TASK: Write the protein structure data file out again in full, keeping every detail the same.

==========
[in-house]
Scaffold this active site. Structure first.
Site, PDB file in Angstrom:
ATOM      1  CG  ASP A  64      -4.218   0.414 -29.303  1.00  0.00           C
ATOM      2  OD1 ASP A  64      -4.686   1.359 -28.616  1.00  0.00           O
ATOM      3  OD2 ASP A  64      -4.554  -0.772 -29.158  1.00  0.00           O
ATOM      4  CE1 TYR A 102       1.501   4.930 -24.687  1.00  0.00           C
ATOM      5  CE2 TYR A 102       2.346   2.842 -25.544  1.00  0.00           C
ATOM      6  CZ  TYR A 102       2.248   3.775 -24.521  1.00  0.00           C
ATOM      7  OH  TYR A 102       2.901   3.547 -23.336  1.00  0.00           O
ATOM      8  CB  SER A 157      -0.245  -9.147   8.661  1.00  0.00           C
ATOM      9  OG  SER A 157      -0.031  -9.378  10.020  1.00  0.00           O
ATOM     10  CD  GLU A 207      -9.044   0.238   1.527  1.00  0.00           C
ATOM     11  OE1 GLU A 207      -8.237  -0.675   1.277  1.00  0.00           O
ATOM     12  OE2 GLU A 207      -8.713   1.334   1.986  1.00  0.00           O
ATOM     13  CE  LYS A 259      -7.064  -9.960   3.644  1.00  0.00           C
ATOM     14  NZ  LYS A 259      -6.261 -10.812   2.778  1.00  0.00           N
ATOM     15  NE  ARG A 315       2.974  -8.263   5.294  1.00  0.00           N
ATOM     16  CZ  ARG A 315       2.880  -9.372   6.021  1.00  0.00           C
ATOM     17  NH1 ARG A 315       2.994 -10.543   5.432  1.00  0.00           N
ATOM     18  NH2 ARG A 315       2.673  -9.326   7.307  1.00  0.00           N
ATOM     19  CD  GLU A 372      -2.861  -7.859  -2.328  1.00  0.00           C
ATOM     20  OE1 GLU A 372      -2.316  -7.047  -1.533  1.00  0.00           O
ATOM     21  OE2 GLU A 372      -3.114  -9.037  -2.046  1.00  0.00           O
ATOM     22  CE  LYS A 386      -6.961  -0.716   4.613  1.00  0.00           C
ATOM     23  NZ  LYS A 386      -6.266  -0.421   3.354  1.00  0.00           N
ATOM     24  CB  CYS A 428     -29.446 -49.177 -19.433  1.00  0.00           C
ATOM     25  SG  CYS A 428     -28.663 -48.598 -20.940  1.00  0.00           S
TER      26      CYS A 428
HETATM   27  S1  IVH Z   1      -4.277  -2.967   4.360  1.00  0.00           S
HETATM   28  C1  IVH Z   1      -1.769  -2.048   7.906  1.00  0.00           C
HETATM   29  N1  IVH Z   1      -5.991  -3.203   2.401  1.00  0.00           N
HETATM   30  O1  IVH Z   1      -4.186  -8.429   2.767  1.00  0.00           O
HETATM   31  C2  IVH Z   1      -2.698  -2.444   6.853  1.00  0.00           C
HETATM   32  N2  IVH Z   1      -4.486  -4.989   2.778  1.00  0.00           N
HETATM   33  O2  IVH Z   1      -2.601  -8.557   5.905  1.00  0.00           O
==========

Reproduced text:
[in-house]
Scaffold this active site. Structure first.
Site, PDB file in Angstrom:
ATOM      1  CG  ASP A  64      -4.218   0.414 -29.303  1.00  0.00           C
ATOM      2  OD1 ASP A  64      -4.686   1.359 -28.616  1.00  0.00           O
ATOM      3  OD2 ASP A  64      -4.554  -0.772 -29.158  1.00  0.00           O
ATOM      4  CE1 TYR A 102       1.501   4.930 -24.687  1.00  0.00           C
ATOM      5  CE2 TYR A 102       2.346   2.842 -25.544  1.00  0.00           C
ATOM      6  CZ  TYR A 102       2.248   3.775 -24.521  1.00  0.00           C
ATOM      7  OH  TYR A 102       2.901   3.547 -23.336  1.00  0.00           O
ATOM      8  CB  SER A 157      -0.245  -9.147   8.661  1.00  0.00           C
ATOM      9  OG  SER A 157      -0.031  -9.378  10.020  1.00  0.00           O
ATOM     10  CD  GLU A 207      -9.044   0.238   1.527  1.00  0.00           C
ATOM     11  OE1 GLU A 207      -8.237  -0.675   1.277  1.00  0.00           O
ATOM     12  OE2 GLU A 207      -8.713   1.334   1.986  1.00  0.00           O
ATOM     13  CE  LYS A 259      -7.064  -9.960   3.644  1.00  0.00           C
ATOM     14  NZ  LYS A 259      -6.261 -10.812   2.778  1.00  0.00           N
ATOM     15  NE  ARG A 315       2.974  -8.263   5.294  1.00  0.00           N
ATOM     16  CZ  ARG A 315       2.880  -9.372   6.021  1.00  0.00           C
ATOM     17  NH1 ARG A 315       2.994 -10.543   5.432  1.00  0.00           N
ATOM     18  NH2 ARG A 315       2.673  -9.326   7.307  1.00  0.00           N
ATOM     19  CD  GLU A 372      -2.861  -7.859  -2.328  1.00  0.00           C
ATOM     20  OE1 GLU A 372      -2.316  -7.047  -1.533  1.00  0.00           O
ATOM     21  OE2 GLU A 372      -3.114  -9.037  -2.046  1.00  0.00           O
ATOM     22  CE  LYS A 386      -6.961  -0.716   4.613  1.00  0.00           C
ATOM     23  NZ  LYS A 386      -6.266  -0.421   3.354  1.00  0.00           N
ATOM     24  CB  CYS A 428     -29.446 -49.177 -19.433  1.00  0.00           C
ATOM     25  SG  CYS A 428     -28.663 -48.598 -20.940  1.00  0.00           S
TER      26      CYS A 428
HETATM   27  S1  IVH Z   1      -4.277  -2.967   4.360  1.00  0.00           S
HETATM   28  C1  IVH Z   1      -1.769  -2.048   7.906  1.00  0.00           C
HETATM   29  N1  IVH Z   1      -5.991  -3.203   2.401  1.00  0.00           N
HETATM   30  O1  IVH Z   1      -4.186  -8.429   2.767  1.00  0.00           O
HETATM   31  C2  IVH Z   1      -2.698  -2.444   6.853  1.00  0.00           C
HETATM   32  N2  IVH Z   1      -4.486  -4.989   2.778  1.00  0.00           N
HETATM   33  O2  IVH Z   1      -2.601  -8.557   5.905  1.00  0.00           O